In the past, I've gone on gift giving stints so I don't have to worry about where to put things. I've made pillows, but there is a limit to the number of pillows one needs, although they do wear out eventually. I've made pin cushions and scissor fobs, and while I've discovered I can use more than I thought possible (one for each project I'm working on), I still can only make so many. I've made tons of lavender sachets for myself and as gifts. 

I do have some trinket boxes and a casket to cover, but I need a few less demanding projects to work on while I watch TV or have a few minutes to wait. 

My husband doesn't think he'll have a problem fitting more in, and he may be right since he has a huge number of photos, artwork, and space memorabilia on his office walls. Or maybe I'll use my librarian skills and weed a few things out. Only time will tell. 

Wednesday, March 31, 2021

3 Finishes!

The two pieces I started a week and a half ago are finished. The Relics in Situ butterfly looks wonderful. But I'm not sure my eyes can take the 1" actual size piece. I also need to figure out what to do with the motifs; ornament, needlebook, scissor fob? And Foxy from Becky Hogg Embroidery is done! I really love all the types of metalwork in the piece. It really shows what you can do with the technique.

I've also finished my Monet inspired Japanese bridge and waterlily piece. I've spent a lot of time just looking at this, thinking about how to give a painterly feel to the piece, then when my daughter mentioned that it wasn't supposed to be an exact replica of a painting, I started to relax. But, I did want to have the fullness of the painting, so I had to add lots of leaves to fill the blue space above the bridge, and lots of waves for the water. I even shaded the ribbon lily pads, and added some ribbon water lilies to give the lush feeling of the paintings.

I stopped at this point to spend some more time thinking, and decided that some branches amongst the background leaves would help, and more tiny wavelets.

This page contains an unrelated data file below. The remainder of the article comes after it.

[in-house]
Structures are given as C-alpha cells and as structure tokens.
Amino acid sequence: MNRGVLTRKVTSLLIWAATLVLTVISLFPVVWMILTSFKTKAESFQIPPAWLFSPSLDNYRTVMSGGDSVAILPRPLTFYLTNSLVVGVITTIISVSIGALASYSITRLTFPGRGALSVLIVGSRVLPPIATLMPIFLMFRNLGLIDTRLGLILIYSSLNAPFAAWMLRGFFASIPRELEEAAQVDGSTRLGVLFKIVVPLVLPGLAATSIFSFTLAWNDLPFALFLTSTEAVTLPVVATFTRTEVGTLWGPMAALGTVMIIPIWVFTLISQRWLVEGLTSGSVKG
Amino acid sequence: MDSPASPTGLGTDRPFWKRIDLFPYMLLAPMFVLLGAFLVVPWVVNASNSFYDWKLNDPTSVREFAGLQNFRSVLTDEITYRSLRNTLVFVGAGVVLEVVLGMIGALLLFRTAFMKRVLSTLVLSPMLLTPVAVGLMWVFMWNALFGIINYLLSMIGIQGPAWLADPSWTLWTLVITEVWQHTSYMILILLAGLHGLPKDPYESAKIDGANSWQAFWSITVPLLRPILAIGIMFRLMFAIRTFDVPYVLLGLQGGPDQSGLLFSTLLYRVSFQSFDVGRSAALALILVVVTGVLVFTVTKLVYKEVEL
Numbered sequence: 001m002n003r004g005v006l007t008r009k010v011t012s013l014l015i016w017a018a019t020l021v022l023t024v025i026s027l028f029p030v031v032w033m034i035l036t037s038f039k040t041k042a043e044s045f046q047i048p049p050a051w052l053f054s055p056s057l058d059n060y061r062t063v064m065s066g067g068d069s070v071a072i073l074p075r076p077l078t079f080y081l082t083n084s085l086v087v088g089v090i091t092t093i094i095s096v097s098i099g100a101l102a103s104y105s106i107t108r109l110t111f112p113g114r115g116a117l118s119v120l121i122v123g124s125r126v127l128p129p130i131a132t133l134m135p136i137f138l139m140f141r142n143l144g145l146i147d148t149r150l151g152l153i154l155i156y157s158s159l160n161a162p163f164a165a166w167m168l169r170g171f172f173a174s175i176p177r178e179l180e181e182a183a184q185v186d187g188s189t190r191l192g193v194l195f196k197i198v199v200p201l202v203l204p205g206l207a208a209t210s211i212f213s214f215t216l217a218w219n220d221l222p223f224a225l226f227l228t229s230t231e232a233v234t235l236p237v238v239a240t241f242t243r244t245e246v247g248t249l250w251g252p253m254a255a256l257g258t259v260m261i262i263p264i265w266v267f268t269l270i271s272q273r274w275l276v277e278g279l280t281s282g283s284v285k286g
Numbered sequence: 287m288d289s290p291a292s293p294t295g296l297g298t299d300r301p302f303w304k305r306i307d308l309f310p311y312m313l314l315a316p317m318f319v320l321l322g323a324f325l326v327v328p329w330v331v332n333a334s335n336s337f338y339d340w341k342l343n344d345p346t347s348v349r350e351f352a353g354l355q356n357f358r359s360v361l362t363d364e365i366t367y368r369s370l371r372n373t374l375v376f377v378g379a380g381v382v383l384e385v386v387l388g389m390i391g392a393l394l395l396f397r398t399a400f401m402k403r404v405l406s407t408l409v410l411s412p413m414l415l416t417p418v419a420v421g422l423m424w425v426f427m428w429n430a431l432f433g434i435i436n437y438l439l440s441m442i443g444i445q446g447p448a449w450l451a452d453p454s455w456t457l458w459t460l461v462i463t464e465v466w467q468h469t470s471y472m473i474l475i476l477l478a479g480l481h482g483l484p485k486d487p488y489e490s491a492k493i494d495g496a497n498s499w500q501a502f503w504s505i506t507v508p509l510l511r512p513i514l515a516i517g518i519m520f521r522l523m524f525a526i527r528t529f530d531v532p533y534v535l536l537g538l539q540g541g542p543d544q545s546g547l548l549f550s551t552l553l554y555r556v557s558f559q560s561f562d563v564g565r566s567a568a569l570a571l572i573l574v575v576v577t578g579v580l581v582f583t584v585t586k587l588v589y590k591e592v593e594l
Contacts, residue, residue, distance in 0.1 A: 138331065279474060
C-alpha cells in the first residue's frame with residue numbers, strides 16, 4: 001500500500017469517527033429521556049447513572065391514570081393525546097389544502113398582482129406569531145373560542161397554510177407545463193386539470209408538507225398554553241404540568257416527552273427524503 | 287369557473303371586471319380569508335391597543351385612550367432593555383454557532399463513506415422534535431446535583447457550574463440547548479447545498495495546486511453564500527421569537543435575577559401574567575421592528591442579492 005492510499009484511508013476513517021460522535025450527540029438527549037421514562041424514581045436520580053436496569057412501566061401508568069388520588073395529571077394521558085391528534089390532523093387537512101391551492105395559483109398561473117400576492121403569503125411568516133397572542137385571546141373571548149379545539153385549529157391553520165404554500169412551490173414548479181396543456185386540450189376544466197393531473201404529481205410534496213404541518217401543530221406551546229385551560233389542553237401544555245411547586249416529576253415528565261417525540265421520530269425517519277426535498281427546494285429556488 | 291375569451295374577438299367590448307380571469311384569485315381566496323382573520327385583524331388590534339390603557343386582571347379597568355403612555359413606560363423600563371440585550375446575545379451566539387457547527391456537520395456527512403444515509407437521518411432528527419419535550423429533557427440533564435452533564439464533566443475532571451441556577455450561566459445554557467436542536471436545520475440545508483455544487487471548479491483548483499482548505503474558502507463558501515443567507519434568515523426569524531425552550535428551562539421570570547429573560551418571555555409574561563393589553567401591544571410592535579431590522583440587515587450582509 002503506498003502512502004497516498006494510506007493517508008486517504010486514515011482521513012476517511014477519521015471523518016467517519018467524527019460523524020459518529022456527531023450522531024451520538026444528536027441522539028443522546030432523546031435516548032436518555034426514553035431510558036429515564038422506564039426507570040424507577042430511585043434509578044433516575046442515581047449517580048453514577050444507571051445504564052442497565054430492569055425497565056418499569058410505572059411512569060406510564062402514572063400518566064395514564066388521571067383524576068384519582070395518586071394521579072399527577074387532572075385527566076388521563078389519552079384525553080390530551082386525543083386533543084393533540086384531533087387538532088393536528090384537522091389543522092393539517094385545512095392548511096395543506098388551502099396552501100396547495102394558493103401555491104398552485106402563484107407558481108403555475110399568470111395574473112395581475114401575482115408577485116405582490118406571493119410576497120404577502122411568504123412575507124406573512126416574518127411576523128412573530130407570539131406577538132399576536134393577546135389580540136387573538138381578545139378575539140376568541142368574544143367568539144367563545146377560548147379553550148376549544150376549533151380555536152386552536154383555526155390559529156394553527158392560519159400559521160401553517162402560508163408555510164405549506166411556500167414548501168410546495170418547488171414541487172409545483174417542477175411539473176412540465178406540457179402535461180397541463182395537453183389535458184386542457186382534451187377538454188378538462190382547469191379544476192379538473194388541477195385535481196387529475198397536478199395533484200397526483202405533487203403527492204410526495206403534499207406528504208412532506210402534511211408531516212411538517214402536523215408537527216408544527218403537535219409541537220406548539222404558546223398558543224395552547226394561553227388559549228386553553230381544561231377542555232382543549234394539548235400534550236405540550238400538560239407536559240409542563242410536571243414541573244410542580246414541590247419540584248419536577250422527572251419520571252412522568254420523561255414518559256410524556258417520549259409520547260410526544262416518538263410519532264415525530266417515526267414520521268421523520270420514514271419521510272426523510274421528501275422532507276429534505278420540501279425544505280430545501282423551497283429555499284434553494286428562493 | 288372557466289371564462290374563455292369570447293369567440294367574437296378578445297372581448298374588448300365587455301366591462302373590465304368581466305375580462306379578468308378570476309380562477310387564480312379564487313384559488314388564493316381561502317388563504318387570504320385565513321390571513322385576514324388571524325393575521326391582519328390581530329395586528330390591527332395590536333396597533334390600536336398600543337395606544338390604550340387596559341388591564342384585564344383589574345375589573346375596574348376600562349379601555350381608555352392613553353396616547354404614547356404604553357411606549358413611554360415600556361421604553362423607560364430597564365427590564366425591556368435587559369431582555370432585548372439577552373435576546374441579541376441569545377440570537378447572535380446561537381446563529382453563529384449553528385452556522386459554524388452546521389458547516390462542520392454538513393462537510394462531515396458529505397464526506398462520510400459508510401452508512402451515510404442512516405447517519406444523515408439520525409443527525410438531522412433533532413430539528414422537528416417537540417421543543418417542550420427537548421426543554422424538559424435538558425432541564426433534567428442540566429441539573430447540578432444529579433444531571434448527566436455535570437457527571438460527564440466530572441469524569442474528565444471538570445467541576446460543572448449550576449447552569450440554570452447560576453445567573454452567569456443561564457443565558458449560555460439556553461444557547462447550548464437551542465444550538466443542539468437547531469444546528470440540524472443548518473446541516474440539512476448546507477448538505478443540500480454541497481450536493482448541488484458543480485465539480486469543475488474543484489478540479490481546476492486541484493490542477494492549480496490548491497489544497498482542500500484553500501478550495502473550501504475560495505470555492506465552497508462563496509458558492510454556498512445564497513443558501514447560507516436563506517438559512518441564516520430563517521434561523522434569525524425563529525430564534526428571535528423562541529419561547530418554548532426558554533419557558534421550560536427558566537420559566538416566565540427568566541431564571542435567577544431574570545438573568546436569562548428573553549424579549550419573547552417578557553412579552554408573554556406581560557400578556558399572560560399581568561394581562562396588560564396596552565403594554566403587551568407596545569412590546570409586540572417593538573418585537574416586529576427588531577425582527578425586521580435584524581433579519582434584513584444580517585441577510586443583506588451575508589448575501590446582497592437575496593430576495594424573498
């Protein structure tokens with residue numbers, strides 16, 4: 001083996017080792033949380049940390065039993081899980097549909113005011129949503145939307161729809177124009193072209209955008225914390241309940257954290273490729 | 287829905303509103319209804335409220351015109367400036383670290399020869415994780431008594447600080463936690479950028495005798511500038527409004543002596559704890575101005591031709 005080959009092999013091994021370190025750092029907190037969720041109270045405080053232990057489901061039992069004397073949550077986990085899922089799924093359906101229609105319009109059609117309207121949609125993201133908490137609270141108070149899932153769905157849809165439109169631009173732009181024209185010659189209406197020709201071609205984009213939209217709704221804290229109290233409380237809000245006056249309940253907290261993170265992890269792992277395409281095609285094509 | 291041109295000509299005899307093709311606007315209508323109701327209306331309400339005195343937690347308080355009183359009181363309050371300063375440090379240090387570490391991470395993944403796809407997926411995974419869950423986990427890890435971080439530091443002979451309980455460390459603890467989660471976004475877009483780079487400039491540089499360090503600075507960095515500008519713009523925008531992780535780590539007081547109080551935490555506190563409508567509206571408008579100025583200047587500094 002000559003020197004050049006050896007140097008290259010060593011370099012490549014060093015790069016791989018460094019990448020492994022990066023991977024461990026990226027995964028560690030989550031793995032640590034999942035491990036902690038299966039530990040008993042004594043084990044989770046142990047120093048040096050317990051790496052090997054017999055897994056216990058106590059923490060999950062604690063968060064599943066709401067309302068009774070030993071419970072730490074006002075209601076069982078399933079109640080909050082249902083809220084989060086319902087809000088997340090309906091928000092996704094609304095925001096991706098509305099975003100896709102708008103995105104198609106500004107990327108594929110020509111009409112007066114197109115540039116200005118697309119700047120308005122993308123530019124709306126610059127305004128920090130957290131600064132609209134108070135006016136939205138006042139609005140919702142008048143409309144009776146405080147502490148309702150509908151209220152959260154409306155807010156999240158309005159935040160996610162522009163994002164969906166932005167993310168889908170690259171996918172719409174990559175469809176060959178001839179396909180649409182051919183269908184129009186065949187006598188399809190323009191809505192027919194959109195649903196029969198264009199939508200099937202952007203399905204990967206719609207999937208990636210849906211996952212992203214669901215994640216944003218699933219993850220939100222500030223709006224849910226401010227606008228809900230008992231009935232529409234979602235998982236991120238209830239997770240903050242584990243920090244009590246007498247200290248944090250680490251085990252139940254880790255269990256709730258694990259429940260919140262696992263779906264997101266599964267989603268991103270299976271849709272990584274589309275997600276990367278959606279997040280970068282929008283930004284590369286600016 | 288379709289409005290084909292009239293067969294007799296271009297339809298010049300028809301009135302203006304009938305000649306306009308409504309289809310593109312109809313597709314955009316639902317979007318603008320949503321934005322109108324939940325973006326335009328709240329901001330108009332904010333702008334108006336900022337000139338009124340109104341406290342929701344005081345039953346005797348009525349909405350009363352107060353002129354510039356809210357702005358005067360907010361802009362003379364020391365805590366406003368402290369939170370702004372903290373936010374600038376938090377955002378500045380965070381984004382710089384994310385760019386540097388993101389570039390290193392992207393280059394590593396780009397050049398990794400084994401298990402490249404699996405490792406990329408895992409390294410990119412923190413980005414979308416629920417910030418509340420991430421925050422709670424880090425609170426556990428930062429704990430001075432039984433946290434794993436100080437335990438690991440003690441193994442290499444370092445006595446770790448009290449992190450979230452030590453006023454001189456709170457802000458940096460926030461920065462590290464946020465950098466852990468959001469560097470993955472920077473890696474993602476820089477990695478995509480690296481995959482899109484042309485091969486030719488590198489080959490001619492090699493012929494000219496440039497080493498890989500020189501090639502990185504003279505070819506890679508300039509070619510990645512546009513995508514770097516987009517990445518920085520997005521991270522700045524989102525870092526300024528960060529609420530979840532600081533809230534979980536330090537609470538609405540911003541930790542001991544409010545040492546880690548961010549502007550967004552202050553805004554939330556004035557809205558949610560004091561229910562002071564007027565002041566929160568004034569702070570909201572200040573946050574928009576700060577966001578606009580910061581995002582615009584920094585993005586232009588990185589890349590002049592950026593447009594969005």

And here is the final. It looks neat with the light behind it, but that is out of my skill range as a framer.

So here it is in the frame. It is a shadow box frame, so it helps with the depth of the piece when you see it IRL.

So now I need to rearrange all the pieces on my wall. I have a Helioblue sleeping fox and hedgehog to put up (with space for the badger that should be coming soon, I hope). And now Foxy to go with the Kingfisher and fritillaria from Becky Hogg Embroidery. And a hummingbird sampler from OwlForest to go with the hedgehog sampler. And several other WIPs. I may need to start making boxes and sewing accessories since I won't have wall space!

Saturday, March 27, 2021

Butterfly and Foxy starts

 Last weekend I really indulged myself in embroidery, which was good because my work week was busier than expected. I've still got a few things to finish, but I had such fun learning about caps & coifs from Relics in Situ, I wanted to mention them again and show the lovely butterfly I've started. They have so many photos of such wonderful pieces from many collections, it really is inspirational. And their background research on stitching is so interesting. There is a lecture coming up Elizabethan Embroidery: Gloriana's Gifts and the Power of the Needle so you might want to sign up for their newsletter to be notified of the date. 

What was interesting about the two caps and coifs motifs to stitch, a butterfly and a bird, is that they were in two sizes, 1" and 2" high. The 1" is the actual size on the coif, the 2" is more the size of the flowers on the coif. I started the 2" butterfly but I look forward to the smaller one. I only did a bit because I had to get on to Foxy.

Foxy is a kit from Becky Hogg. I've already done her Kingfisher and Fritillary, which I love, and I needed a third to make a picturesque grouping (that's my excuse, you are welcome to use it anytime). So here was where I left Foxy on Sunday night. 

Every goldwork/metalwork piece I try gives me a bit more confidence with the techniques, but I suspect I will never get really good at it until I stop worrying about wasting metal threads and play around a bit. I've gradually let myself play with silk threads, but metal threads are more expensive. 

Saturday, March 13, 2021

Fun with Buttons